Navigating the Future

In this issue, we’re happy to announce the first of five new regular exclusive columns and features coming for 2006 in JCK. Debuting this month is “The Retail Advantage” by renowned industry marketing expert Rick Bannerot [see “What Is ‘Marketing’ (and Are You Doing It Right)?,” p. 150]. JCK is proud to have Bannerot’s perspective, gleaned from multiple sectors of the industry: luxury manufacturing (Rolex Watch USA), retailing (Mayors Jewelers), and multilevel marketing (World Gold Council). “The Retail Advantage” will focus on marketing strategies to build customer desire for both jewelry and the jeweler.

Next month marks the debut of “Our World,” a big-picture view presented by one of the diamond industry’s most respected analysts and observers, Ben Janowski. Janowski’s career in the industry spans more than three decades, during which he has addressed the needs of, and observed the changes in, almost every kind of retail distribution channel. “Our World” will identify and examine the macro forces that affect our industry—from diamonds to consumer attitudes—with an eye toward helping you understand where we’re headed in this time of great flux.

Also debuting next month is a “how-to” series by Internet marketing expert Renee Martinez, director of marketing for GemFind.net. Online retailing—or, more accurately, fear of the additional competition from it—is a topic of great concern to all retail jewelers. But the Internet is here to stay, and resisting it is both a waste of time and a battle already lost. So, as the saying goes: If you can’t beat ’em, join ’em. Martinez’s column will help you join ’em effectively, offering clear, succinct, easy-to-understand (even for nontechies!) tips for making this emerging distribution channel work for you rather than against you.

In March, luxury consultant Martin Shanker brings his expertise to our pages with a column devoted to one of my pet topics: Positioning jewelry as an object of desire, not an object of discount. Shanker’s work with such image-focused companies as Cartier, Burberry, and Estée Lauder can translate to any jewelry store at any level of the market, since the focus of his writing will be to show jewelers how to sell on the basis of desire and value rather than price.

Contributing editor Glen Beres continues his profiles of well-known industry leaders, detailing how they used the knowledge gained from a wide variety of experiences to arrive at their current positions. In addition, he will begin a series of book reviews and interviews with authors of business books. Through these profiles, he’ll show how successful concepts from outside the industry can be adapted for use in a jewelry store to develop your business.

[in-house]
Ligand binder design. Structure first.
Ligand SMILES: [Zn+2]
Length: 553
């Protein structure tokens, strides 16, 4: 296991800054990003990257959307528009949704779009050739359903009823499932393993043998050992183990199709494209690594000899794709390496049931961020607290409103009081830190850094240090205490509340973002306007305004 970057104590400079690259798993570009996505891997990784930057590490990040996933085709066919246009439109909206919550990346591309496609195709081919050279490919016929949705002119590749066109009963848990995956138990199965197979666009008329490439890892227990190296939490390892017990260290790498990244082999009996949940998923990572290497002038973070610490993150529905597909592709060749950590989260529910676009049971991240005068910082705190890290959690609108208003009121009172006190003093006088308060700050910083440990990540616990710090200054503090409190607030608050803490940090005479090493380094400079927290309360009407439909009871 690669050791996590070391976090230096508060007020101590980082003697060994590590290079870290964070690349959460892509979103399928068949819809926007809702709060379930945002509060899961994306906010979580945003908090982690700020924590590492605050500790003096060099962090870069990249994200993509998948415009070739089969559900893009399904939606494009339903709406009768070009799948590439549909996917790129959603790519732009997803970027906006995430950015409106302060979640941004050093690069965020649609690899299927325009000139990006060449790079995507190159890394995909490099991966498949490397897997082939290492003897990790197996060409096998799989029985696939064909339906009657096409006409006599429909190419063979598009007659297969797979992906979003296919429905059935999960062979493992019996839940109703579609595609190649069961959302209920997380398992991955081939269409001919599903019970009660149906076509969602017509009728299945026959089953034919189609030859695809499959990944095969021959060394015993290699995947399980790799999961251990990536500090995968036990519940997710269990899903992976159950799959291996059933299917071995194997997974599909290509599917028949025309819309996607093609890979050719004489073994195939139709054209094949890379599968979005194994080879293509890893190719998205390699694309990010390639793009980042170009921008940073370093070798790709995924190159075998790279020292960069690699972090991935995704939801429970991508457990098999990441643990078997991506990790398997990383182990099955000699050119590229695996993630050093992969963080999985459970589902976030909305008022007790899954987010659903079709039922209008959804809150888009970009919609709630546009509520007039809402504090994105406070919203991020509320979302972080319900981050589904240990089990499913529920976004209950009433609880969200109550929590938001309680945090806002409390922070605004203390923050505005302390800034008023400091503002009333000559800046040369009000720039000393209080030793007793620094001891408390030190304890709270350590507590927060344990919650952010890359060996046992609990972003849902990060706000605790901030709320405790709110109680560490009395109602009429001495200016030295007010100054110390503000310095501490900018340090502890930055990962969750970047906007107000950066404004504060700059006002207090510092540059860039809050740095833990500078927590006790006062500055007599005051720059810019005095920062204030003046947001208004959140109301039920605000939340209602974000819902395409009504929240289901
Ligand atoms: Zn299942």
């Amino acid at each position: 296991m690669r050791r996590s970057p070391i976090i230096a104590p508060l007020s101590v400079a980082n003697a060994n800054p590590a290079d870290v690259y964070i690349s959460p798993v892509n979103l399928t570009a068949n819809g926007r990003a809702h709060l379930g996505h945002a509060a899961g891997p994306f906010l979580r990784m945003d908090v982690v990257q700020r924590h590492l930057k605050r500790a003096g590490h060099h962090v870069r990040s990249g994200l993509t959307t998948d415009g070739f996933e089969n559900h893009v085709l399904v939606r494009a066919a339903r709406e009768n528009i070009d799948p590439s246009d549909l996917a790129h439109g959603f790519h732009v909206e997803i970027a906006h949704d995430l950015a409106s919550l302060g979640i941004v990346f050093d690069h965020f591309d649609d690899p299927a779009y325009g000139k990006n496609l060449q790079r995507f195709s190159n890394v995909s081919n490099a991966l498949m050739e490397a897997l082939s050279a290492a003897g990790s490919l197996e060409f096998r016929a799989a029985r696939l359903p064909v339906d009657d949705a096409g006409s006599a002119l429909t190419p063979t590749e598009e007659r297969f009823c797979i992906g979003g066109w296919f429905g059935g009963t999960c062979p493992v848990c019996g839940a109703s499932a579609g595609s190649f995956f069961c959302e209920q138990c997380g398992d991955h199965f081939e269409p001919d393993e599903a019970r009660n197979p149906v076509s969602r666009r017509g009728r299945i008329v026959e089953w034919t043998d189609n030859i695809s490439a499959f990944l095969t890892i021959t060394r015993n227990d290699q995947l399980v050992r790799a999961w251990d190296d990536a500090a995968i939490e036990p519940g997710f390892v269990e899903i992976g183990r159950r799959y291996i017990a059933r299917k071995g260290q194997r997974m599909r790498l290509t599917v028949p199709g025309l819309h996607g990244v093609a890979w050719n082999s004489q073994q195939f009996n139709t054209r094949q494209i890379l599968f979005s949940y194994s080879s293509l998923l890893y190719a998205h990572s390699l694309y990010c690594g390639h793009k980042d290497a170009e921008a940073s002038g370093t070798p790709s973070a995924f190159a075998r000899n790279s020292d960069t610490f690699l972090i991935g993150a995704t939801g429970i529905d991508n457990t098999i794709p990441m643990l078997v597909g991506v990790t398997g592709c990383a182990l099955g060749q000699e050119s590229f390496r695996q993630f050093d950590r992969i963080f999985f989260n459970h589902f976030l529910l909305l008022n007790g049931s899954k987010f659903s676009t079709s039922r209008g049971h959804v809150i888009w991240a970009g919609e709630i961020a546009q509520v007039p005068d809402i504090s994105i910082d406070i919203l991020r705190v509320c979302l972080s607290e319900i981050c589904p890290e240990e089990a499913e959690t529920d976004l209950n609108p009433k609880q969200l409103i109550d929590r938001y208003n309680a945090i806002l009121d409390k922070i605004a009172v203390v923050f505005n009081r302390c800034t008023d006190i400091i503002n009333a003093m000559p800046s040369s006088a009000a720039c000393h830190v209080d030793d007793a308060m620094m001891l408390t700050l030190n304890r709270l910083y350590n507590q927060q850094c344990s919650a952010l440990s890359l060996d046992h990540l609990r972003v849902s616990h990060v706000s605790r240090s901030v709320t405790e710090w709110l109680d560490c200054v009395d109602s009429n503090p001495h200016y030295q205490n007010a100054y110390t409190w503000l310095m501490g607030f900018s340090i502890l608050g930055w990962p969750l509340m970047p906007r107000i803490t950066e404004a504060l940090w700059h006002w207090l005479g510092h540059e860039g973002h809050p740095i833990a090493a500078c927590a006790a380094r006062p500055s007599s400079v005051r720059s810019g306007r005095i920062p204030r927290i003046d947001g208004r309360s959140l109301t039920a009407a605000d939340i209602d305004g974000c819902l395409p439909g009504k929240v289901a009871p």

And of course, the columnists you already enjoy reading every month—Brad Huisken and Frank Dallahan—remain in their usual places. Huisken’s sales training tips are both an easy-to-digest lesson for new sales associates and a quick refresher for seasoned employees, while Dallahan’s new position as the head of the Manufacturing Jewelers and Suppliers of America will lend insight from a side of the industry we don’t often consider beyond its ability to supply what we need when we need it.

Why are we launching these new columns? Because jewelers face far more intense competition for consumer dollars than ever before. In the past, giving the customers what they wanted was enough. Today, what they want is available in many more places, often at lower prices. Offering standard, clichéd merchandise—calculated to appeal to the widest possible demographic and the lowest common denominator—has been the downfall of many a major retailer, so it’s imperative that there be a greater reason than price alone for the customer to come to your store, and this requires a deeper understanding of market forces.

When even a household washer and dryer (such as the Whirlpool Duet) are marketed with emotional appeal and presented as objects of high design and great desire, jewelers have to work harder than ever to make sure that both the shopping experience and the product work together to create consumer desire. It’s about finding more distinctive product; offering a more distinctive shopping experience; and having, if not a specific five-year plan, at least a general idea of the direction you need to go to survive in the future.

We hope these columns, along with all the other comprehensive features you rely on from JCK, will be a good guide and road map. Happy travels!